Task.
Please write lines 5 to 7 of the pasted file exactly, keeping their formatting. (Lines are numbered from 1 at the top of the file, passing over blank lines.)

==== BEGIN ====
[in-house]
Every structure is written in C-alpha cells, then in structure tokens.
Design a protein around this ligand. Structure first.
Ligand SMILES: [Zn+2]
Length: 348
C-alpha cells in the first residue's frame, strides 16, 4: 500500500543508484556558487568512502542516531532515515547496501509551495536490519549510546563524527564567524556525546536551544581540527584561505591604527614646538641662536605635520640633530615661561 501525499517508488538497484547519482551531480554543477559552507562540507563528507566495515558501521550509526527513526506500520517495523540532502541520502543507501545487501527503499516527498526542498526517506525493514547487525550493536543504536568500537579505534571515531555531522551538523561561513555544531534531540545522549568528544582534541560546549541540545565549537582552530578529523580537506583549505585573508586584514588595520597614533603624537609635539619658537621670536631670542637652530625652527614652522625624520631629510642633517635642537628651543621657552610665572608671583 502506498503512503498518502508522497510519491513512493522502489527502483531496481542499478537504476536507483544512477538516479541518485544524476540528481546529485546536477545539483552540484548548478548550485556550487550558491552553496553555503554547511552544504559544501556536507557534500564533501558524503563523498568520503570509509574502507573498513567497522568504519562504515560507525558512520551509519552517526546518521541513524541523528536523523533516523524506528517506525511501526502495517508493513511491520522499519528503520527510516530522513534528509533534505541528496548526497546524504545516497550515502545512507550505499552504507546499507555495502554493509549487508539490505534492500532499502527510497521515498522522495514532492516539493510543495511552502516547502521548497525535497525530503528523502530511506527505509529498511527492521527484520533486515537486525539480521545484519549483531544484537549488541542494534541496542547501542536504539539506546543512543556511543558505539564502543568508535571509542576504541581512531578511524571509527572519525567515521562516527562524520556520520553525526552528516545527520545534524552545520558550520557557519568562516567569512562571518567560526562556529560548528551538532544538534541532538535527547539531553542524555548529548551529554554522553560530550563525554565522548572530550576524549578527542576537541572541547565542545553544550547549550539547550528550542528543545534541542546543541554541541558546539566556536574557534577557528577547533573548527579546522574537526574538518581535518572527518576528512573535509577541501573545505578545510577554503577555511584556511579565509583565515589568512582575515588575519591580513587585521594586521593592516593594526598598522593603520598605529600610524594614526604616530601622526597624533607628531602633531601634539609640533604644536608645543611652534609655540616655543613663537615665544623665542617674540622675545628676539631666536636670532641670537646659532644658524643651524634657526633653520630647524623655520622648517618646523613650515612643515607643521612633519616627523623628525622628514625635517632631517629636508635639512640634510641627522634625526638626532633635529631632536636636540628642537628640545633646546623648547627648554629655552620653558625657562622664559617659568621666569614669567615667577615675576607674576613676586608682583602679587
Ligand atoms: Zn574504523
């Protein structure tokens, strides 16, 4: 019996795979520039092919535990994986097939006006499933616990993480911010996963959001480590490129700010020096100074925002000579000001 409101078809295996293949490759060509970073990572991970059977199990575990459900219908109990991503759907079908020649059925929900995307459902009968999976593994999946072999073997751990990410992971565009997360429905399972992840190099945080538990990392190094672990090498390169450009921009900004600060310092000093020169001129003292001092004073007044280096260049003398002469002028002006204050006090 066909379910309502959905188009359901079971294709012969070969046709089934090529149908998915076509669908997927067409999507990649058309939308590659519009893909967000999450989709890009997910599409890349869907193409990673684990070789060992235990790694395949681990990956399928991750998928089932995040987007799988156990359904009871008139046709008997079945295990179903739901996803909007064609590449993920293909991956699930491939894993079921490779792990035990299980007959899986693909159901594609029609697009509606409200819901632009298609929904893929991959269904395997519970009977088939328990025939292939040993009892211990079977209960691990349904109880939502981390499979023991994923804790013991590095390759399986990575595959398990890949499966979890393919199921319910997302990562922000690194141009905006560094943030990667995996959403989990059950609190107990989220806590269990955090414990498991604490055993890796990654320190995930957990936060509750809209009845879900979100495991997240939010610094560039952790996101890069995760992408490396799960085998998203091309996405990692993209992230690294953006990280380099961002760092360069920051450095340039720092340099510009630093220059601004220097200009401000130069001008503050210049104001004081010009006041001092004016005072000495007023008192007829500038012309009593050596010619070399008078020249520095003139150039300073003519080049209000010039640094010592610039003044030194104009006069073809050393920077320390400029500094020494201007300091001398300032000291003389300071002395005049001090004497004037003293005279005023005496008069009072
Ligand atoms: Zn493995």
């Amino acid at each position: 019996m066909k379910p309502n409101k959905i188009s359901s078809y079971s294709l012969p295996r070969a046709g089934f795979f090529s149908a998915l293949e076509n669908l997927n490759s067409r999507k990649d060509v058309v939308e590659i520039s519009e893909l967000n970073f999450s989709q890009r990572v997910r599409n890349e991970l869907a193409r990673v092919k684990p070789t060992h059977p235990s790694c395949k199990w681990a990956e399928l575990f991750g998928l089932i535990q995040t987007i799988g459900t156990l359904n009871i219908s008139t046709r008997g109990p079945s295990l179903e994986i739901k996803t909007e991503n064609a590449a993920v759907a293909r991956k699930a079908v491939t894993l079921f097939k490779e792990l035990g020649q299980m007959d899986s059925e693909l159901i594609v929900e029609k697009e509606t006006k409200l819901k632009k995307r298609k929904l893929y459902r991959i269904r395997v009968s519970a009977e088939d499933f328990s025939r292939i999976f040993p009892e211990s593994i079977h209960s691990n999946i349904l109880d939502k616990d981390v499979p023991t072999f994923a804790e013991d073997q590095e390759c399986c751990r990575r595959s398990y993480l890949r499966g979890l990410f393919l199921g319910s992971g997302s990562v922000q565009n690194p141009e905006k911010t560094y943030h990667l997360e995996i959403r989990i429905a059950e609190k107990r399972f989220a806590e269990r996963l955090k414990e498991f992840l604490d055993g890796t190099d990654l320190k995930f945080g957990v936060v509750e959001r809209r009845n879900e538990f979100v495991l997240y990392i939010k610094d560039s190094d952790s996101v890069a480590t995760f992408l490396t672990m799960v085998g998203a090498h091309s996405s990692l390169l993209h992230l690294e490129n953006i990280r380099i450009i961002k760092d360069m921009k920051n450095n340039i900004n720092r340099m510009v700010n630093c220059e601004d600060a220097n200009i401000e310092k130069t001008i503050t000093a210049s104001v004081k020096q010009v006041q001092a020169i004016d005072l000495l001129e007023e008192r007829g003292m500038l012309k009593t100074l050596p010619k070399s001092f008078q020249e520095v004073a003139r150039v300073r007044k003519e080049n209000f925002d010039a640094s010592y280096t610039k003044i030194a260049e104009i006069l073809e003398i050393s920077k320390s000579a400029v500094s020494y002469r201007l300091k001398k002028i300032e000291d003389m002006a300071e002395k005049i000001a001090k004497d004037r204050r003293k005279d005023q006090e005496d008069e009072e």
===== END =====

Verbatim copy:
Length: 348
C-alpha cells in the first residue's frame, strides 16, 4: 500500500543508484556558487568512502542516531532515515547496501509551495536490519549510546563524527564567524556525546536551544581540527584561505591604527614646538641662536605635520640633530615661561 501525499517508488538497484547519482551531480554543477559552507562540507563528507566495515558501521550509526527513526506500520517495523540532502541520502543507501545487501527503499516527498526542498526517506525493514547487525550493536543504536568500537579505534571515531555531522551538523561561513555544531534531540545522549568528544582534541560546549541540545565549537582552530578529523580537506583549505585573508586584514588595520597614533603624537609635539619658537621670536631670542637652530625652527614652522625624520631629510642633517635642537628651543621657552610665572608671583 502506498503512503498518502508522497510519491513512493522502489527502483531496481542499478537504476536507483544512477538516479541518485544524476540528481546529485546536477545539483552540484548548478548550485556550487550558491552553496553555503554547511552544504559544501556536507557534500564533501558524503563523498568520503570509509574502507573498513567497522568504519562504515560507525558512520551509519552517526546518521541513524541523528536523523533516523524506528517506525511501526502495517508493513511491520522499519528503520527510516530522513534528509533534505541528496548526497546524504545516497550515502545512507550505499552504507546499507555495502554493509549487508539490505534492500532499502527510497521515498522522495514532492516539493510543495511552502516547502521548497525535497525530503528523502530511506527505509529498511527492521527484520533486515537486525539480521545484519549483531544484537549488541542494534541496542547501542536504539539506546543512543556511543558505539564502543568508535571509542576504541581512531578511524571509527572519525567515521562516527562524520556520520553525526552528516545527520545534524552545520558550520557557519568562516567569512562571518567560526562556529560548528551538532544538534541532538535527547539531553542524555548529548551529554554522553560530550563525554565522548572530550576524549578527542576537541572541547565542545553544550547549550539547550528550542528543545534541542546543541554541541558546539566556536574557534577557528577547533573548527579546522574537526574538518581535518572527518576528512573535509577541501573545505578545510577554503577555511584556511579565509583565515589568512582575515588575519591580513587585521594586521593592516593594526598598522593603520598605529600610524594614526604616530601622526597624533607628531602633531601634539609640533604644536608645543611652534609655540616655543613663537615665544623665542617674540622675545628676539631666536636670532641670537646659532644658524643651524634657526633653520630647524623655520622648517618646523613650515612643515607643521612633519616627523623628525622628514625635517632631517629636508635639512640634510641627522634625526638626532633635529631632536636636540628642537628640545633646546623648547627648554629655552620653558625657562622664559617659568621666569614669567615667577615675576607674576613676586608682583602679587
Ligand atoms: Zn574504523